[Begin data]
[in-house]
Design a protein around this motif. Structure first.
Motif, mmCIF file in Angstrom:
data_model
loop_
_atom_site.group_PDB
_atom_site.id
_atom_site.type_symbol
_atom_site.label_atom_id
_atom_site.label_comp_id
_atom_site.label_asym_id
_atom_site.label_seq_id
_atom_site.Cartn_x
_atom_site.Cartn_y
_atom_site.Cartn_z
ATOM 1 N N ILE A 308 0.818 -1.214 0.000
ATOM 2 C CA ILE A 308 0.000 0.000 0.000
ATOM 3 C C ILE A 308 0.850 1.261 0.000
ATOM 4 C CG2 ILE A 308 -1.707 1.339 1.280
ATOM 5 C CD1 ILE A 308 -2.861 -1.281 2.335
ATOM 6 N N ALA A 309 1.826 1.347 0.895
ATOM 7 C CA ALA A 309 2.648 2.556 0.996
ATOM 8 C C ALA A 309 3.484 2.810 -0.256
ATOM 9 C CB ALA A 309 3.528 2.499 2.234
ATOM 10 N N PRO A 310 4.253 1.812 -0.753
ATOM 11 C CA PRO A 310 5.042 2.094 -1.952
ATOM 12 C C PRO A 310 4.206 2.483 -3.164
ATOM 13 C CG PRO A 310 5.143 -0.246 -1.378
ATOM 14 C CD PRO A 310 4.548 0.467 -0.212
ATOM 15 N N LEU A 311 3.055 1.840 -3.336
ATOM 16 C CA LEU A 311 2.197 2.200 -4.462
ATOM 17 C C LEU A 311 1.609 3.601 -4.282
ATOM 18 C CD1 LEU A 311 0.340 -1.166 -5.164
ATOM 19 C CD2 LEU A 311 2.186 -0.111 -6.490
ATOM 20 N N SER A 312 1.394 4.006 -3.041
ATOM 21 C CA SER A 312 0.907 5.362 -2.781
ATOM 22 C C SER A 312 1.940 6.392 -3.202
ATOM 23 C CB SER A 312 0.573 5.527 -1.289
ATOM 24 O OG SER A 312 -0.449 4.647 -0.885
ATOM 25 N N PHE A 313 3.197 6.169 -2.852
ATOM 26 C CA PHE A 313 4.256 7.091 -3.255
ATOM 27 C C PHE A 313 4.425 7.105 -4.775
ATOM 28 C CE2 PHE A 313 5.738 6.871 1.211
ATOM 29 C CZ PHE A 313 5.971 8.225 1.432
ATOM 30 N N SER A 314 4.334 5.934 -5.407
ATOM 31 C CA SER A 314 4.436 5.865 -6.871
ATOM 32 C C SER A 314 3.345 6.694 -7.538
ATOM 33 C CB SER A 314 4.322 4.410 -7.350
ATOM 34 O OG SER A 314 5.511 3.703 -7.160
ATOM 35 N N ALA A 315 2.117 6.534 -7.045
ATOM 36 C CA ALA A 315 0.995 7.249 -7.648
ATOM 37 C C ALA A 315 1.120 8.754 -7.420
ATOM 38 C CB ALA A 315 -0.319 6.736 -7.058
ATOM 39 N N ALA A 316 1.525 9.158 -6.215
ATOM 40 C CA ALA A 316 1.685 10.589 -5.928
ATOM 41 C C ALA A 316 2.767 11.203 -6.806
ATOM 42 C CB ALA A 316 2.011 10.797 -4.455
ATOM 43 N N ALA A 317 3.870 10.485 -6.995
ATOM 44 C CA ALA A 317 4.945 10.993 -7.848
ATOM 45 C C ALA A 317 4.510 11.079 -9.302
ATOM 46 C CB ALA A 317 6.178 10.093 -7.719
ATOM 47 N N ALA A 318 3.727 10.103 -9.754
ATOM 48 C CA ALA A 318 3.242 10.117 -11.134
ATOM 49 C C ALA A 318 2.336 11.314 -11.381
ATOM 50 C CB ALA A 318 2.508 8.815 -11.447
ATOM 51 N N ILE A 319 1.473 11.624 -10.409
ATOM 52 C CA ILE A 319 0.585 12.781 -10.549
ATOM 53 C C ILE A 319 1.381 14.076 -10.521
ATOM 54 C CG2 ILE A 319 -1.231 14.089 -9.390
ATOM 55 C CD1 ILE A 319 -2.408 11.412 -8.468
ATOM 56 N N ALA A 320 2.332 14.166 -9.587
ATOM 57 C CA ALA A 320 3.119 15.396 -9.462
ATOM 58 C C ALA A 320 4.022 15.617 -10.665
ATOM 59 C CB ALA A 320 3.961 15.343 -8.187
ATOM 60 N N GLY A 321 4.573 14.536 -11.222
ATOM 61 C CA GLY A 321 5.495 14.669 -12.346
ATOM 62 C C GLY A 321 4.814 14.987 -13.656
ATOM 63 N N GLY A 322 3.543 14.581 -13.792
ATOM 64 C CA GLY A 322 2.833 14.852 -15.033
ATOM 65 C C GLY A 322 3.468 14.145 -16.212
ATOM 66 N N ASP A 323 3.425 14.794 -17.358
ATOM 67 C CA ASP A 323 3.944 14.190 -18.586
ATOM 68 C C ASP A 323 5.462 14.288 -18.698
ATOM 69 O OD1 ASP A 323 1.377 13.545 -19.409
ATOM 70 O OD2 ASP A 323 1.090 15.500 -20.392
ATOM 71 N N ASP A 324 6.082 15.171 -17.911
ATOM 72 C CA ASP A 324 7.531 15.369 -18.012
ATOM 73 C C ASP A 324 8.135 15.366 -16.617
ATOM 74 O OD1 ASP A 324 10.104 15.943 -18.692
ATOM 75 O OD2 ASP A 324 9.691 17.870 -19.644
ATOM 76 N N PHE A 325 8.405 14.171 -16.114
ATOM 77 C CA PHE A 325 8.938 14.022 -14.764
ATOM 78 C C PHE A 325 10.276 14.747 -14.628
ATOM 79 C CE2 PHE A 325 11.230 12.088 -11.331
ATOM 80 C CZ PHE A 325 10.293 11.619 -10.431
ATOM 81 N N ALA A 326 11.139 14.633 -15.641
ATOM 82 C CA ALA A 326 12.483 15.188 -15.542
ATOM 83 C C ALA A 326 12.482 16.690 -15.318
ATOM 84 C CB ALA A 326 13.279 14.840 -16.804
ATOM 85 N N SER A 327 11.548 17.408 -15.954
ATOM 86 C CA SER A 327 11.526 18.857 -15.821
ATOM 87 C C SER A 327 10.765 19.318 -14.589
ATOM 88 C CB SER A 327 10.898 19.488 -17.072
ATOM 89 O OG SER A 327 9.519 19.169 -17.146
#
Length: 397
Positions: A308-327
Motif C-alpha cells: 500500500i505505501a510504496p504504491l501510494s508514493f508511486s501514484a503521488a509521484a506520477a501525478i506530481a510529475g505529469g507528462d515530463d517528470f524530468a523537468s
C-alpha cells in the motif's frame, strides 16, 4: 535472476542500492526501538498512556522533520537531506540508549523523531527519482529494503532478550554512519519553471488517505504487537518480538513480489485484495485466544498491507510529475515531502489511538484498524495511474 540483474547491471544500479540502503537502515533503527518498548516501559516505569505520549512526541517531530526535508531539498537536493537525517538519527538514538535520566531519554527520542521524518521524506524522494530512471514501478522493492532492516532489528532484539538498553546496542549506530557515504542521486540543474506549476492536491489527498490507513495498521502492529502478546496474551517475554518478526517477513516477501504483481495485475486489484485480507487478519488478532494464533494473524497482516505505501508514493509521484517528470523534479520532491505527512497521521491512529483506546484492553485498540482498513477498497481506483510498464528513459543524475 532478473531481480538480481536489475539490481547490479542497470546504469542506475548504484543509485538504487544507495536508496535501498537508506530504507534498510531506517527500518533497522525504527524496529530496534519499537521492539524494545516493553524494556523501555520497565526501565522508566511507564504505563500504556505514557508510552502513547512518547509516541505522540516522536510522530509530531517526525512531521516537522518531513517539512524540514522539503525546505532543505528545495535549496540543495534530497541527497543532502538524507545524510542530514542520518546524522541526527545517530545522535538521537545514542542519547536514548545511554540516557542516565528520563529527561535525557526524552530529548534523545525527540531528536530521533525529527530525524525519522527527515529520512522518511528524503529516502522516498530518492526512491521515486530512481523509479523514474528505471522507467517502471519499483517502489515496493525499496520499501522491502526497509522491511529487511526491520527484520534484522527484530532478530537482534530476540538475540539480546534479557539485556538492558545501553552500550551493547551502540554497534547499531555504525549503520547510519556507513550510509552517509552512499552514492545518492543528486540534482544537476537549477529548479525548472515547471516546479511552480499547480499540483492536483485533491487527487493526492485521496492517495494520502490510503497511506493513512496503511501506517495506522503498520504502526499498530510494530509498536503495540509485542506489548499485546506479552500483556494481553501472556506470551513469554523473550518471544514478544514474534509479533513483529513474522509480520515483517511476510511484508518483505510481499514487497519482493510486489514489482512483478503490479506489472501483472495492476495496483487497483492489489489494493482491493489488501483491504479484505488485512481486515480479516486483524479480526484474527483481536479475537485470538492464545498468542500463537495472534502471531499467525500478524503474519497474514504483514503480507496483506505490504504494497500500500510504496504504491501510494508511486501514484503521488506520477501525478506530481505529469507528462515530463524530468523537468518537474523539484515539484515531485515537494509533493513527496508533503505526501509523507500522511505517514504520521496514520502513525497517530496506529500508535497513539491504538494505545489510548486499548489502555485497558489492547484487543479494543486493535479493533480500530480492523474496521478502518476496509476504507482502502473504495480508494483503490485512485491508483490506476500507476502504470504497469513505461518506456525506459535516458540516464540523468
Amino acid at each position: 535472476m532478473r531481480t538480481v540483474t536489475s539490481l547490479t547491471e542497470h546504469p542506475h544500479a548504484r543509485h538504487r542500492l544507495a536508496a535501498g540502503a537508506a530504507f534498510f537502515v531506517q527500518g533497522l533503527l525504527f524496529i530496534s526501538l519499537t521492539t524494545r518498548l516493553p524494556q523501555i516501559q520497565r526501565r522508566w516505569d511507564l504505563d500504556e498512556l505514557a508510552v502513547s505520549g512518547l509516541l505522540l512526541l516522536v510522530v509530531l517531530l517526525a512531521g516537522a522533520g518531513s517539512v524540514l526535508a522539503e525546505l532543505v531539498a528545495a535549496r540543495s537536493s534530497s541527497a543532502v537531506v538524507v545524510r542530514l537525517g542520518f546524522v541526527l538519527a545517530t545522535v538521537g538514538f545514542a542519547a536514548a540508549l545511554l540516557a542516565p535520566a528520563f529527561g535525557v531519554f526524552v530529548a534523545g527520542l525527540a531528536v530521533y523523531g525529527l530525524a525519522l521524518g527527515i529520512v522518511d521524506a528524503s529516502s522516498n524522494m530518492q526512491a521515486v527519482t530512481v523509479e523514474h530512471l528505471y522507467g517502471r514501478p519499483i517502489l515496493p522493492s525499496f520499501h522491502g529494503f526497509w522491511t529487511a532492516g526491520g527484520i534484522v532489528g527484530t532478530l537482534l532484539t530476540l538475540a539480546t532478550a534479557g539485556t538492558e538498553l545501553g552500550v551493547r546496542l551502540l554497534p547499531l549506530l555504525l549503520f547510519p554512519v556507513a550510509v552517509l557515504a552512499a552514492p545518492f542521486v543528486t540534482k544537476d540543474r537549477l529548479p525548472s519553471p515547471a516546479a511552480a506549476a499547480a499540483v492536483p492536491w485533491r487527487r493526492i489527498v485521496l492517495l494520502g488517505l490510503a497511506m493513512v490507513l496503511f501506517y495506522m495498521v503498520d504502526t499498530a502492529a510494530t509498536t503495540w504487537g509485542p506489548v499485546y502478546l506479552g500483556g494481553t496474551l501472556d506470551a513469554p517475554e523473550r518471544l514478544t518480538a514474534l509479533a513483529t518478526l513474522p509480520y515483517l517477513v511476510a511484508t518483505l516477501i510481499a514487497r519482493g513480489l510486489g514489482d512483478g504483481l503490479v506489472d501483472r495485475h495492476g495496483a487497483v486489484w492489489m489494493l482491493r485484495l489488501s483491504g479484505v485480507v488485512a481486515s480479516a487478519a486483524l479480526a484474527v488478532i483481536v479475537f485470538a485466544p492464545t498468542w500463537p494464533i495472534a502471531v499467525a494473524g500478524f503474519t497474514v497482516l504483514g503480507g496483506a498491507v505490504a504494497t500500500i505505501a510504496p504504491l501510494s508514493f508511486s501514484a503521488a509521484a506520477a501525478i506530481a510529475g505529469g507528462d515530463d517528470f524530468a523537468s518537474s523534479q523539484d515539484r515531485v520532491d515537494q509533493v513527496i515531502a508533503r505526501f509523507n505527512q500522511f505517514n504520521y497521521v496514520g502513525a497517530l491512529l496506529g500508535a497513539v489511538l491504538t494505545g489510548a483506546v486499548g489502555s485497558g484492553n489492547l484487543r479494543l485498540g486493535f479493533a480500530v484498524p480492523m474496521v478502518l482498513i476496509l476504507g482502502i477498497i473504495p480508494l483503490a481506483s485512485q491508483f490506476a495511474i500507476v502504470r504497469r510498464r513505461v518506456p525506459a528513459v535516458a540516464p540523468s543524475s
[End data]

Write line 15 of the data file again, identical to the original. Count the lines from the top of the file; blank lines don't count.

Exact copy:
_atom_site.Cartn_z